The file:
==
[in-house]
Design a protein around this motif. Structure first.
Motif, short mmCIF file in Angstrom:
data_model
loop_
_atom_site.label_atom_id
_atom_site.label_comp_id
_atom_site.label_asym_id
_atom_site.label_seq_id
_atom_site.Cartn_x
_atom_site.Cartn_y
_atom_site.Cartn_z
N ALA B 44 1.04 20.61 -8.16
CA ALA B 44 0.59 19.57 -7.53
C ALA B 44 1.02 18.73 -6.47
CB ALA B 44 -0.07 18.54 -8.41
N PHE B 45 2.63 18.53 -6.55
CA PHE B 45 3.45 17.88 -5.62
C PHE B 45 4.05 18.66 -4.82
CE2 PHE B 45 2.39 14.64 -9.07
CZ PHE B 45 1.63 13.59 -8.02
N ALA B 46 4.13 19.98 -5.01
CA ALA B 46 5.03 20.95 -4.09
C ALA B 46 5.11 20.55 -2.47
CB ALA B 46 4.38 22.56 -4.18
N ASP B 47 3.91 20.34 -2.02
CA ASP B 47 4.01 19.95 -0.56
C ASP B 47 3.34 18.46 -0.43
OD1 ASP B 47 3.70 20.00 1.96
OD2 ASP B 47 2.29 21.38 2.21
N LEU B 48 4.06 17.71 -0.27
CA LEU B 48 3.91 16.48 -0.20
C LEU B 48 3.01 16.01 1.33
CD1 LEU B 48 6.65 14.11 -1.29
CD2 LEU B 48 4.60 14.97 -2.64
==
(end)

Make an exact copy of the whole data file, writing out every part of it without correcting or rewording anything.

[in-house]
Design a protein around this motif. Structure first.
Motif, short mmCIF file in Angstrom:
data_model
loop_
_atom_site.label_atom_id
_atom_site.label_comp_id
_atom_site.label_asym_id
_atom_site.label_seq_id
_atom_site.Cartn_x
_atom_site.Cartn_y
_atom_site.Cartn_z
N ALA B 44 1.04 20.61 -8.16
CA ALA B 44 0.59 19.57 -7.53
C ALA B 44 1.02 18.73 -6.47
CB ALA B 44 -0.07 18.54 -8.41
N PHE B 45 2.63 18.53 -6.55
CA PHE B 45 3.45 17.88 -5.62
C PHE B 45 4.05 18.66 -4.82
CE2 PHE B 45 2.39 14.64 -9.07
CZ PHE B 45 1.63 13.59 -8.02
N ALA B 46 4.13 19.98 -5.01
CA ALA B 46 5.03 20.95 -4.09
C ALA B 46 5.11 20.55 -2.47
CB ALA B 46 4.38 22.56 -4.18
N ASP B 47 3.91 20.34 -2.02
CA ASP B 47 4.01 19.95 -0.56
C ASP B 47 3.34 18.46 -0.43
OD1 ASP B 47 3.70 20.00 1.96
OD2 ASP B 47 2.29 21.38 2.21
N LEU B 48 4.06 17.71 -0.27
CA LEU B 48 3.91 16.48 -0.20
C LEU B 48 3.01 16.01 1.33
CD1 LEU B 48 6.65 14.11 -1.29
CD2 LEU B 48 4.60 14.97 -2.64